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Cross CurrentsFamily Law and Policy in the US and England$
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Sanford N. Katz, John Eekelaar, and Mavis MacLean

Print publication date: 2000

Print ISBN-13: 9780198268208

Published to Oxford Scholarship Online: March 2012

DOI: 10.1093/acprof:oso/9780198268208.001.0001

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The Constitutionalization of American Family Law: The Case of the Right to Marry

The Constitutionalization of American Family Law: The Case of the Right to Marry

Chapter:
(p.256) (p.257) 12 The Constitutionalization of American Family Law: The Case of the Right to Marry
Source:
Cross Currents
Author(s):

Jerome A. Barron

Publisher:
Oxford University Press
DOI:10.1093/acprof:oso/9780198268208.003.0012

Under the U.S. Constitution, the freedom to marry, or not marry, a person of another race resides in the individual and cannot be infringed by the State. Chief Justice Earl Warren protected the marital relationship from state infringement by declaring that the individual had a constitutional right to marry free from invidious racial classifications. The constitutional cloak of protection which the Supreme Court extended to the marital relationship had a spillover in the protection of individual rights. A doctrinal bridge from the autonomy and sanctity of the marital relationship to a similar status for individual autonomy and the relationship of unmarried persons was soon constructed. This chapter discusses the equal protection clause of the Fourteenth Amendment and its role in the protection of unconventional relationships in family law. It examines whether the right to marry includes the right to same-sex marriage and cites several court cases and decisions to highlight the constitutionalisation of family law in the United States.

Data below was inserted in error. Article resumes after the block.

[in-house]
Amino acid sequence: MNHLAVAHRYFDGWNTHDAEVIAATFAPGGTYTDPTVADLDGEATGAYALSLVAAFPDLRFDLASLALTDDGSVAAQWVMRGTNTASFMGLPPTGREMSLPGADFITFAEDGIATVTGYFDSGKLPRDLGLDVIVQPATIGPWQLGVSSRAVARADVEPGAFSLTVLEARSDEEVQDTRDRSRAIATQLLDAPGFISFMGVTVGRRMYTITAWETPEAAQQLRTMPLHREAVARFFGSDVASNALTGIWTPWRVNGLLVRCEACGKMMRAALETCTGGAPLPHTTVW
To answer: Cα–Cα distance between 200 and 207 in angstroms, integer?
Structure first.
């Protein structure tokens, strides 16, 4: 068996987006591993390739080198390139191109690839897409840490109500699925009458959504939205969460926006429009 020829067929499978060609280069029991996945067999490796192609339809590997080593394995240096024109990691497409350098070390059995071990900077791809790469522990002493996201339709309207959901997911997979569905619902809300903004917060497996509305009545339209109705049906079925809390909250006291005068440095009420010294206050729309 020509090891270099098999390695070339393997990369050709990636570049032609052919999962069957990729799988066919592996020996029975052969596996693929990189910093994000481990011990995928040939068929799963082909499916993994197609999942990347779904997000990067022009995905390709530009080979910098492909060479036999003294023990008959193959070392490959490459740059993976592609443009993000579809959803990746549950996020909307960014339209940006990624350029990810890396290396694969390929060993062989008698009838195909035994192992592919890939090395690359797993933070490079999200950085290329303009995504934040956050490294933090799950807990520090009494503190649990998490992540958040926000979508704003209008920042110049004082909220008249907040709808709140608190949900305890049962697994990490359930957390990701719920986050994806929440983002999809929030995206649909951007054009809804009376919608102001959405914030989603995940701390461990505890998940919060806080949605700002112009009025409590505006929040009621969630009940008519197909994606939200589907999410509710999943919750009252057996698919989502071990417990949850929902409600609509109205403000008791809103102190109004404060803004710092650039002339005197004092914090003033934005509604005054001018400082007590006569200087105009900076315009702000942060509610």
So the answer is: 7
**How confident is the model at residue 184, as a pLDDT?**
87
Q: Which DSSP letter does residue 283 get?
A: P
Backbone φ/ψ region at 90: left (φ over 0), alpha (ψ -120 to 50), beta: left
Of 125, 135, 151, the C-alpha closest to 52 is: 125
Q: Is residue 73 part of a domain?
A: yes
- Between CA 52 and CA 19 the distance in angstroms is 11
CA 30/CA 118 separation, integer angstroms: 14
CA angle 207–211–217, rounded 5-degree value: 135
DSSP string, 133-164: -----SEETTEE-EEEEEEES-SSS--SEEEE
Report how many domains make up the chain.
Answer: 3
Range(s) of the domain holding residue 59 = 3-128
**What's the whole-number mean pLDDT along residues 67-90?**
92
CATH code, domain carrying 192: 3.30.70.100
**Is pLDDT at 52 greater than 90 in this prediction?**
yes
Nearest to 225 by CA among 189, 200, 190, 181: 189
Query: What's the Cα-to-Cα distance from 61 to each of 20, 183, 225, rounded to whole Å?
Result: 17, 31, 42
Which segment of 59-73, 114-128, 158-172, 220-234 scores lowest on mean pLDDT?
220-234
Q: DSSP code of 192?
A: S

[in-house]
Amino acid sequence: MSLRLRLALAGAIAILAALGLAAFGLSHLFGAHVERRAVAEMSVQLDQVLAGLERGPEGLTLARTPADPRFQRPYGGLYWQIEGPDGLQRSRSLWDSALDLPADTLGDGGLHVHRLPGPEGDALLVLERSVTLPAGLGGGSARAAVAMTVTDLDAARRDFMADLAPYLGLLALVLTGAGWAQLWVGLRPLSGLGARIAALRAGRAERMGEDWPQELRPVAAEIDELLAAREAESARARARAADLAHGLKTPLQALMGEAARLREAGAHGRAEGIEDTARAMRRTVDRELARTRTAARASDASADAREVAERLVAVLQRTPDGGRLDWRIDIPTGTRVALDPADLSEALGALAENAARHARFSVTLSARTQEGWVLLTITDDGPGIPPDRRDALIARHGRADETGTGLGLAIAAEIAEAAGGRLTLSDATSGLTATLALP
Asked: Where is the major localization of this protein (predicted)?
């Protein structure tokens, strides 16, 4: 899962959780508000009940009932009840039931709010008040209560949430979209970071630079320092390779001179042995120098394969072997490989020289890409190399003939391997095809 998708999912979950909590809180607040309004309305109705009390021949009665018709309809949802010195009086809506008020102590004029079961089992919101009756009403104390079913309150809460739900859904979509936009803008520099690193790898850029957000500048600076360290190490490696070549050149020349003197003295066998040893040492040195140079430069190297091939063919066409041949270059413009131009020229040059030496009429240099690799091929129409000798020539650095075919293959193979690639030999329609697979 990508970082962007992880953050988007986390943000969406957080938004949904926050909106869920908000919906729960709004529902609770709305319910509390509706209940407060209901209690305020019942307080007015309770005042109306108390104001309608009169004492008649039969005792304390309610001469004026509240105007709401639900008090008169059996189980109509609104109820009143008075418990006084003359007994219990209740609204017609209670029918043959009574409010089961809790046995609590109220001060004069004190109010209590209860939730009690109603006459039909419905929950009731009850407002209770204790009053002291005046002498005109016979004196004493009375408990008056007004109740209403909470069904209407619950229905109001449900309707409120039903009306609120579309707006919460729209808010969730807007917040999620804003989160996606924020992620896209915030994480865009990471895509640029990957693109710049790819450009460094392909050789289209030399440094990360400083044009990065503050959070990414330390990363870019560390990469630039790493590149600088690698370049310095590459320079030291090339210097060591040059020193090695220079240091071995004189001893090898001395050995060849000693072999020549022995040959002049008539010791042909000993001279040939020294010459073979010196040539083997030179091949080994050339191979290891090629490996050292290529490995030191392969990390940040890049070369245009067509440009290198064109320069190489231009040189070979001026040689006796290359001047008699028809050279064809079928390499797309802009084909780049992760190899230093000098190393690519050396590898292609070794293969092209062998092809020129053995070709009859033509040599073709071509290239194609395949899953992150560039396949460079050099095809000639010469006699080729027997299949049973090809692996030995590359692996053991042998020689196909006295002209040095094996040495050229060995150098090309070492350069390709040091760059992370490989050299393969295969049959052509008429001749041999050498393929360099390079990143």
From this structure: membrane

Keywords:   United States, Supreme Court, family law, right to marry, marital relationships, equal protection clause, Fourteenth Amendment

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